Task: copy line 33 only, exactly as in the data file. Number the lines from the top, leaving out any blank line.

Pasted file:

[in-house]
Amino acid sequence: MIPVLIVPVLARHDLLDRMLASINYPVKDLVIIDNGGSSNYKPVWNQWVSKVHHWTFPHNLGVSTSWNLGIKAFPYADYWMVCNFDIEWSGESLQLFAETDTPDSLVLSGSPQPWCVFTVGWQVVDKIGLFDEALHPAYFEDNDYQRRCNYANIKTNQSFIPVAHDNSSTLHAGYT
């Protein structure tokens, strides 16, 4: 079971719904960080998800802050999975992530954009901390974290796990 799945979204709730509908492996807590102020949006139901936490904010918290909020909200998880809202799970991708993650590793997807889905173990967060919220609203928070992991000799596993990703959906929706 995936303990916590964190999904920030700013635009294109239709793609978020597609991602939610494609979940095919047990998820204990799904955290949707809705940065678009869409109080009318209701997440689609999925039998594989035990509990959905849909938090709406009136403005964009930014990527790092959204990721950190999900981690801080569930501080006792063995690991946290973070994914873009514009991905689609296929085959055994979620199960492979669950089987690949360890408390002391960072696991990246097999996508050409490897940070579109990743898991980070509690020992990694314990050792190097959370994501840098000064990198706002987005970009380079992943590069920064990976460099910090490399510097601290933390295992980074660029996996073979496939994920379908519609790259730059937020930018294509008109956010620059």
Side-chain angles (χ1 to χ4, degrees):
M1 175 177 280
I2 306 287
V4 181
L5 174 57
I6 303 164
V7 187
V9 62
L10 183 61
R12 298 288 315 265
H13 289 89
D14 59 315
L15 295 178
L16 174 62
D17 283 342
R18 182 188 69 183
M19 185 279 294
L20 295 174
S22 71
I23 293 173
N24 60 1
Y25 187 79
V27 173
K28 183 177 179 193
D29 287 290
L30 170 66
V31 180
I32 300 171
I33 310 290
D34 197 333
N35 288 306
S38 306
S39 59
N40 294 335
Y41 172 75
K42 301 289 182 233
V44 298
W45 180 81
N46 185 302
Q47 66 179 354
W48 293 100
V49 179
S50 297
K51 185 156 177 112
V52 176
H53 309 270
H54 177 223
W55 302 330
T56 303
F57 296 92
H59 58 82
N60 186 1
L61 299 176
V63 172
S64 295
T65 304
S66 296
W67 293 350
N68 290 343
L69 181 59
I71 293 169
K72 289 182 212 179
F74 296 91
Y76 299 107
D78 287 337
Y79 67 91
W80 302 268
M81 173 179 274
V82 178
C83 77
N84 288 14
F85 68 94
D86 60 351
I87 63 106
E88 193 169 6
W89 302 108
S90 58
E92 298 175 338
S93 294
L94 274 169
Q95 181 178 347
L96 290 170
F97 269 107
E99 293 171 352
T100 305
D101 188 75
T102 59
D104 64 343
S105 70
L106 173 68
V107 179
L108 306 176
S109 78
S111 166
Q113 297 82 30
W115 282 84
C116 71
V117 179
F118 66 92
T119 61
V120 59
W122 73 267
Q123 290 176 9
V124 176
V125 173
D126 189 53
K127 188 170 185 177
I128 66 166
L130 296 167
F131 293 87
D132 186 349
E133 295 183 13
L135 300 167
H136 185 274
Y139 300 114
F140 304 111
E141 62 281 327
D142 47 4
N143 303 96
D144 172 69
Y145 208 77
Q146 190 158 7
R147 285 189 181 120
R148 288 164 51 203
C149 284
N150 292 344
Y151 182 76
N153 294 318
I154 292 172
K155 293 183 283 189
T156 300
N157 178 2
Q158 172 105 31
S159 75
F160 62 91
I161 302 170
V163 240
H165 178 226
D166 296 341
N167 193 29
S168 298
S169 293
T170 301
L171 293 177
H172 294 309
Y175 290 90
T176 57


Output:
D34 197 333